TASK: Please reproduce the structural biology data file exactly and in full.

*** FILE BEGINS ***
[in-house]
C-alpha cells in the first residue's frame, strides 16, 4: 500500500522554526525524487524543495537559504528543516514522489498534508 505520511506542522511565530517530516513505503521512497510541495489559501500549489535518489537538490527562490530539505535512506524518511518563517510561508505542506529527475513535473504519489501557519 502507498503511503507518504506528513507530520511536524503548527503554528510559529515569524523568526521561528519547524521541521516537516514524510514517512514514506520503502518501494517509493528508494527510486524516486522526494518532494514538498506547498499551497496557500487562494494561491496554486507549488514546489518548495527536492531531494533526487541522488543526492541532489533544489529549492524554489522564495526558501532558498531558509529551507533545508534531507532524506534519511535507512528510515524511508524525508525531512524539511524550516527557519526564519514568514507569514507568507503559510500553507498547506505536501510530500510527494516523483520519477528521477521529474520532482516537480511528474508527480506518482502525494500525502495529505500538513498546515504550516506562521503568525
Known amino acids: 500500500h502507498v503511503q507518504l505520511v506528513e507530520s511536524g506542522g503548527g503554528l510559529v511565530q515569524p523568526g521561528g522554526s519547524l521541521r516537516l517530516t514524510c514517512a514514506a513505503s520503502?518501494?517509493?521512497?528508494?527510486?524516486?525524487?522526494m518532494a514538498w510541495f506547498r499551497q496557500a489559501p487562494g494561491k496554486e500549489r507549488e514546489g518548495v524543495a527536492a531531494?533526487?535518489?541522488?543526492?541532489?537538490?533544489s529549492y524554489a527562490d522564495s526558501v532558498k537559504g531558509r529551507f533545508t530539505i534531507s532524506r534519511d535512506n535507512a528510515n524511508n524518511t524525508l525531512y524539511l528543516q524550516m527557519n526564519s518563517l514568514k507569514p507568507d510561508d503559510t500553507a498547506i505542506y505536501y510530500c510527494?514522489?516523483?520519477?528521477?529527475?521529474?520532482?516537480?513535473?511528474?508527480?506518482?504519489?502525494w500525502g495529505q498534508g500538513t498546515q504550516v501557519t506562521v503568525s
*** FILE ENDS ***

[in-house]
C-alpha cells in the first residue's frame, strides 16, 4: 500500500522554526525524487524543495537559504528543516514522489498534508 505520511506542522511565530517530516513505503521512497510541495489559501500549489535518489537538490527562490530539505535512506524518511518563517510561508505542506529527475513535473504519489501557519 502507498503511503507518504506528513507530520511536524503548527503554528510559529515569524523568526521561528519547524521541521516537516514524510514517512514514506520503502518501494517509493528508494527510486524516486522526494518532494514538498506547498499551497496557500487562494494561491496554486507549488514546489518548495527536492531531494533526487541522488543526492541532489533544489529549492524554489522564495526558501532558498531558509529551507533545508534531507532524506534519511535507512528510515524511508524525508525531512524539511524550516527557519526564519514568514507569514507568507503559510500553507498547506505536501510530500510527494516523483520519477528521477521529474520532482516537480511528474508527480506518482502525494500525502495529505500538513498546515504550516506562521503568525
Known amino acids: 500500500h502507498v503511503q507518504l505520511v506528513e507530520s511536524g506542522g503548527g503554528l510559529v511565530q515569524p523568526g521561528g522554526s519547524l521541521r516537516l517530516t514524510c514517512a514514506a513505503s520503502?518501494?517509493?521512497?528508494?527510486?524516486?525524487?522526494m518532494a514538498w510541495f506547498r499551497q496557500a489559501p487562494g494561491k496554486e500549489r507549488e514546489g518548495v524543495a527536492a531531494?533526487?535518489?541522488?543526492?541532489?537538490?533544489s529549492y524554489a527562490d522564495s526558501v532558498k537559504g531558509r529551507f533545508t530539505i534531507s532524506r534519511d535512506n535507512a528510515n524511508n524518511t524525508l525531512y524539511l528543516q524550516m527557519n526564519s518563517l514568514k507569514p507568507d510561508d503559510t500553507a498547506i505542506y505536501y510530500c510527494?514522489?516523483?520519477?528521477?529527475?521529474?520532482?516537480?513535473?511528474?508527480?506518482?504519489?502525494w500525502g495529505q498534508g500538513t498546515q504550516v501557519t506562521v503568525s